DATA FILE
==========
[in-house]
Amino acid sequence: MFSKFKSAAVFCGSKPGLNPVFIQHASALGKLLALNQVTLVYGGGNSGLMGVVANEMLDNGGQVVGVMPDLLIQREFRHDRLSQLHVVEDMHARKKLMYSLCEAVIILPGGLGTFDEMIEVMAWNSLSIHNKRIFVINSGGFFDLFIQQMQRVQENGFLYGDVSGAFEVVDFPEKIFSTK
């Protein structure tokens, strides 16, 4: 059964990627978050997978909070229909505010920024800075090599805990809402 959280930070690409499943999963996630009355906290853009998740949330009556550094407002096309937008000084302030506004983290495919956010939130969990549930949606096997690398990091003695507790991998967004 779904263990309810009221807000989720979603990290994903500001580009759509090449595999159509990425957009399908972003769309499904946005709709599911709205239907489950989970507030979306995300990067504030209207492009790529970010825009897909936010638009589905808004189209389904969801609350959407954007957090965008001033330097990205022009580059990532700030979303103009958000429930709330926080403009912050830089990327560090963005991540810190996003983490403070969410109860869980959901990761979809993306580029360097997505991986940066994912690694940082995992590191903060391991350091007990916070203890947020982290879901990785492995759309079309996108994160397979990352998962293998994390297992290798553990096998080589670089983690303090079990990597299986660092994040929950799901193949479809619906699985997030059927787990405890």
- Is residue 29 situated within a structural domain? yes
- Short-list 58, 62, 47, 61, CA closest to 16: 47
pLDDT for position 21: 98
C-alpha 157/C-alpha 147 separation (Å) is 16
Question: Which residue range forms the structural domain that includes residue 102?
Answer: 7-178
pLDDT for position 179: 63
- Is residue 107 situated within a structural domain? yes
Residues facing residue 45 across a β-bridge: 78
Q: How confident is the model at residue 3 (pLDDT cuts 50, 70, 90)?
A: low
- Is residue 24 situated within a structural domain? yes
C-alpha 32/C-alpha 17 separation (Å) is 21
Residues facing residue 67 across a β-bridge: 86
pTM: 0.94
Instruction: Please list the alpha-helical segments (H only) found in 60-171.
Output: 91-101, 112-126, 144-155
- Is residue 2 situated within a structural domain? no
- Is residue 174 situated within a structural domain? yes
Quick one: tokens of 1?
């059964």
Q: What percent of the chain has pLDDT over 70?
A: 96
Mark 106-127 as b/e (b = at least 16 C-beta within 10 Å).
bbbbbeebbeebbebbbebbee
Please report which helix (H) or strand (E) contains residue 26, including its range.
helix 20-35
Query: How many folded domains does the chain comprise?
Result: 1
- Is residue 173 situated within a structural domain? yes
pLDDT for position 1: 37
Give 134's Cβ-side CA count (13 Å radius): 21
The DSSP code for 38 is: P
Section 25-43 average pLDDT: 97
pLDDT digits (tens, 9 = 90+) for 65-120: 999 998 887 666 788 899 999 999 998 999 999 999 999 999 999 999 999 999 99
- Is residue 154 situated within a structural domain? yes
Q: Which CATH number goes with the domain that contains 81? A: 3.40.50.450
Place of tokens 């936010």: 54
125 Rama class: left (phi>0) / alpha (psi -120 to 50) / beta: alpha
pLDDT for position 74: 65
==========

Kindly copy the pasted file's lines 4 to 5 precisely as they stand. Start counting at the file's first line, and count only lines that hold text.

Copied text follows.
- Is residue 29 situated within a structural domain? yes
- Short-list 58, 62, 47, 61, CA closest to 16: 47